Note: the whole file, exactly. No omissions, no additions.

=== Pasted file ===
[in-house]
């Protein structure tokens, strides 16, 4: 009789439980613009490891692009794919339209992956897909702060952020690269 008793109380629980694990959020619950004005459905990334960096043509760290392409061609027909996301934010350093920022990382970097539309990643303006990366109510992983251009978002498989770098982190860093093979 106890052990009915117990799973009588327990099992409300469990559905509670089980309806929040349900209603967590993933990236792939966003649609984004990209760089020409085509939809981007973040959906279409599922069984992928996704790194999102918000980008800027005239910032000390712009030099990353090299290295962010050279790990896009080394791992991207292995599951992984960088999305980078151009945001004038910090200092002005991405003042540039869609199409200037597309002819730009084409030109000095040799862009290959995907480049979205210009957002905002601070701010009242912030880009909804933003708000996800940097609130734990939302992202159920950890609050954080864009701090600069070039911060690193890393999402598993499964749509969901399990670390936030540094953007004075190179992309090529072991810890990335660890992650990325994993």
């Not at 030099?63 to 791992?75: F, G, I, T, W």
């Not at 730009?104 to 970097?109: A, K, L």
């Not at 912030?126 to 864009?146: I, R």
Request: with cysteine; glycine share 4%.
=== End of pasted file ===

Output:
[in-house]
């Protein structure tokens, strides 16, 4: 009789439980613009490891692009794919339209992956897909702060952020690269 008793109380629980694990959020619950004005459905990334960096043509760290392409061609027909996301934010350093920022990382970097539309990643303006990366109510992983251009978002498989770098982190860093093979 106890052990009915117990799973009588327990099992409300469990559905509670089980309806929040349900209603967590993933990236792939966003649609984004990209760089020409085509939809981007973040959906279409599922069984992928996704790194999102918000980008800027005239910032000390712009030099990353090299290295962010050279790990896009080394791992991207292995599951992984960088999305980078151009945001004038910090200092002005991405003042540039869609199409200037597309002819730009084409030109000095040799862009290959995907480049979205210009957002905002601070701010009242912030880009909804933003708000996800940097609130734990939302992202159920950890609050954080864009701090600069070039911060690193890393999402598993499964749509969901399990670390936030540094953007004075190179992309090529072991810890990335660890992650990325994993």
């Not at 030099?63 to 791992?75: F, G, I, T, W």
């Not at 730009?104 to 970097?109: A, K, L």
């Not at 912030?126 to 864009?146: I, R």
Request: with cysteine; glycine share 4%.